More Cincinnati students may be walking to school this fall. The Cincinnati Board of Education is considering whether to reduce busing in order to save a million-and-a-half dollars. The financially strapped district may force about 2800 kids who now ride the bus to hoof it by pushing out the boundaries for mandatory bus service.
But whatever the boundaries, there are questions about what CPS and it's 35,000 students are getting for the money, your money, from the school bus contractor. Local 12 reporter Jeff Hirsh began investigating this back at the beginning of the 2009-2010 school year. Here's what he found.
At the Cunningham house, getting ready for school is pretty much like at everybody else's house. Mom Candace walks 12 year old Mikala and 10 year old Malik to the bus stop, where everyone waits and hopes, hopes bus route number 335 will show up on time. "That's the bus. This bus is always late".
Which for the bus company, First Student is apparently nothing new. First Student has the contract for Cincinnati Public Schools. But there's a stack of nearly 800 complaints and follow-ups. Candace Cunningham's says this is the 7th or 8th time bus has not shown up. First Student, she says, is a disaster. "You feel like you're getting the run around? Yes, I do".
So do a lot of others. Parents saying things like the bus does not come at least two days a week. "I am tired of my child getting to school late, missing curriculum, and I am in the process of losing my job due to the tardiness of the bus".
And it's not just parents who are complaining about First Student. There are teachers and principals who are also fed up. "Transportation is key to running our school. We do need quality bus service for all of our kids."
Bill Shula is principal of St. Francis Desales Elementary School, an inner city Catholic School where most kids are not Catholic. They come here from all over for the education. Shula is one of the principals who complained about late buses and kids not being picked up. "The question we had were they able to handle it. Obviously they weren't able to handle it at the beginning of the year."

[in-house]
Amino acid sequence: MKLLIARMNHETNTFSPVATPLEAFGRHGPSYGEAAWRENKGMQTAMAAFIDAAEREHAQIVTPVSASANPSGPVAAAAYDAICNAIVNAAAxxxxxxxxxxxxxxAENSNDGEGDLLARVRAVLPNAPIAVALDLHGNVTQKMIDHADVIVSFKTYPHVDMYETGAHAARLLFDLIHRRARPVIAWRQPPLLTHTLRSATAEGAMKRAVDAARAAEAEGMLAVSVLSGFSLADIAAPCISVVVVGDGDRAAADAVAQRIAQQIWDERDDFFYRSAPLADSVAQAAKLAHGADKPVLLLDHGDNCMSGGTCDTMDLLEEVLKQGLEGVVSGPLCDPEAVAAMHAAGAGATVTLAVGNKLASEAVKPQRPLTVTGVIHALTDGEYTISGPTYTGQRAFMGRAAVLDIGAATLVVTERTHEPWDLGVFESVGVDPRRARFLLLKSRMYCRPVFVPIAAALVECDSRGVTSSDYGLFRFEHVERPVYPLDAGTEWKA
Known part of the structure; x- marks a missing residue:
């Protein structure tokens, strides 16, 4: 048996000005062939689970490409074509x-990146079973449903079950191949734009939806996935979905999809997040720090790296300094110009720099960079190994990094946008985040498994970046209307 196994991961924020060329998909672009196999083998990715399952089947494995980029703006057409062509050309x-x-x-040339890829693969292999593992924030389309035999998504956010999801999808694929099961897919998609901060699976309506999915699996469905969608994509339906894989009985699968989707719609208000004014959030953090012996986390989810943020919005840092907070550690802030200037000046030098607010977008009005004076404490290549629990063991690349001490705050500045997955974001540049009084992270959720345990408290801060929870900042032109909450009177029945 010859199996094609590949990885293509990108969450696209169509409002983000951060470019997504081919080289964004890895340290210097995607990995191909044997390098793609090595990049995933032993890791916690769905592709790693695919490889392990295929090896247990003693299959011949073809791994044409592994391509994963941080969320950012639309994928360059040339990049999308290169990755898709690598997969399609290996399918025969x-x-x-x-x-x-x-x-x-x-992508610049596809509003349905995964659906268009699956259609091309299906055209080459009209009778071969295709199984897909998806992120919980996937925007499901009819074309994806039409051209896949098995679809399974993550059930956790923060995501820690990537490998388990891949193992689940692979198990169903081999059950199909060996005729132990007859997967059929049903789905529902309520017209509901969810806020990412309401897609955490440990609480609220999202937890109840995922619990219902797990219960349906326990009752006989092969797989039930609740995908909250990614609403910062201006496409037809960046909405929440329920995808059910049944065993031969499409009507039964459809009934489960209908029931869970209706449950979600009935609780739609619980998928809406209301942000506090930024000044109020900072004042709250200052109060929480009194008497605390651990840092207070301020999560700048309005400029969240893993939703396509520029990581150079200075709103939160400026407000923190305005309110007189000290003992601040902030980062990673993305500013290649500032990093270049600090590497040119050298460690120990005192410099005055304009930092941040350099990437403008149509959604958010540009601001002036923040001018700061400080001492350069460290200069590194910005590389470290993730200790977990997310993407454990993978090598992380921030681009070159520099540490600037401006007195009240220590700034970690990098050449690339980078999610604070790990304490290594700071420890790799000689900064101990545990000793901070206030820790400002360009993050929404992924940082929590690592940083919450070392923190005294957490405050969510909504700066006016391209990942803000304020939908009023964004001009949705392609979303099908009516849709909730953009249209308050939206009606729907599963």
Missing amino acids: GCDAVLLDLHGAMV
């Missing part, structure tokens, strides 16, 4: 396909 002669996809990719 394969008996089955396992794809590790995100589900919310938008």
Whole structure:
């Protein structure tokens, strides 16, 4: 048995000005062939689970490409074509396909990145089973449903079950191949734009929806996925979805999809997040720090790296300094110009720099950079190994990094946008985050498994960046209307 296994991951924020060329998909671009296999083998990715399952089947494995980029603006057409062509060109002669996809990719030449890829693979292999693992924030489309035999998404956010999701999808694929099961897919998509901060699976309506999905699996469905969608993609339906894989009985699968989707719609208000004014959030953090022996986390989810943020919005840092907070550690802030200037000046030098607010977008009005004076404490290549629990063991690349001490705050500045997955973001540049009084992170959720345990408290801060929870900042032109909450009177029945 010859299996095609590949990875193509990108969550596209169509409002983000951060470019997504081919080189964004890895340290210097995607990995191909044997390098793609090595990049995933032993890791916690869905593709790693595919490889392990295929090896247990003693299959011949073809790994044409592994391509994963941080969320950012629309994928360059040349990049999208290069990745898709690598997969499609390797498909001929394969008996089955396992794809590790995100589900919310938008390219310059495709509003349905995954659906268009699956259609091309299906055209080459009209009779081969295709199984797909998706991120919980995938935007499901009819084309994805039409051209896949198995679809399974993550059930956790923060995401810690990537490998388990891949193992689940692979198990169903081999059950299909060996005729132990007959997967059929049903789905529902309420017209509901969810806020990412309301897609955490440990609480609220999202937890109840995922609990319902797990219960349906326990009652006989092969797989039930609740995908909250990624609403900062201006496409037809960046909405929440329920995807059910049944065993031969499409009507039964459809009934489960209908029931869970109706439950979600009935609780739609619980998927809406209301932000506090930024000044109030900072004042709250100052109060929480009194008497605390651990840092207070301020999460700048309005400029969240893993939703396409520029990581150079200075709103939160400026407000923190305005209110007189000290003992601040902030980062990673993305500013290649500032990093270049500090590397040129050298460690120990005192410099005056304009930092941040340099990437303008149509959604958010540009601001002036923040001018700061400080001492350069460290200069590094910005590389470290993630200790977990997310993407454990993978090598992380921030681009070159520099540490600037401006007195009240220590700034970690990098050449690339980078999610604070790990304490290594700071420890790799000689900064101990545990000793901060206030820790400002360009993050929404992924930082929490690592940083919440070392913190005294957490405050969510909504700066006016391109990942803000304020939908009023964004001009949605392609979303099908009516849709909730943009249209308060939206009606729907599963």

First Student was supposed to make things better and cheaper. In 2008-09, Cincinnati Public Schools divided its bus routes among three different contractors: First Student, Petermann, and Riggs. But beginning in 2009-10, that all changed. Based on promises of increased efficency and 8 million dollars in savings, the school board, on a 4-3 vote, gave First Student an exclusive, 5-year, 91-million dollar contract.
Cincinnati Public Schools has fined first student more than $28,000, for hundreds of service problems, late buses, missing stops, fines allowed in the contract. Things did improve as the school year went on, but critics say there were still serious shortcomings: "If there's an accident, a problem, the driver has to have the children evacuate the bus, safely have the kids get off the bus."
Under state law, within the first two weeks of school, a bus safety instruction seminar is required for all students kindergarten through grade three. First Student did not get around to that until March, which kind of defeats the purpose when the school year is almost over. And three actual evacuation drills are also required on board the bus for all kids during the year, those did not even start until Mid-May.
Shula also says previous bus companies would contact the school at the end of each quarter, asking for feedback on how to improve service: "We have not gotten anything to respond back to the bus company as a follow up on their part."
But if a lot of parents and school principals say First Student's service is second rate, there's another issue with the bus contractor as well, making a big deal about delivering on something, and not doing so. Specificially, new buses.First Student told CPS it would spend millions of dollars to buy 256 brand- new buses the first year of the contract, giving the city an average fleet age of 2.6 years. First Student said it would spend 17.4 million dollars on those buses, and added in short, the buses are already being built. CPS bought the argument.
But there's a problem. First Student has not provided 256 new buses to Cincinnati Public Schools, not even close. Late last year, we asked First Student to document the age of each bus it uses in Cincinnati. First Student spokesperson Glenda Lamont said no... too much paperwork to check. Go to the state, she said. So we did.
Documents from the state of Ohio show First Student only has about 130 new buses in Cincinnati. Why does this matter? Well, if First Student is not buying those new, fuel efficient buses, it's First Student which is saving millions of dollars, without passing those savings along to the Cincinnati school system and Cincinnati taxpayers. First Student got to buy older, cheaper buses, but the amount CPS is paying them for the contract did not go down.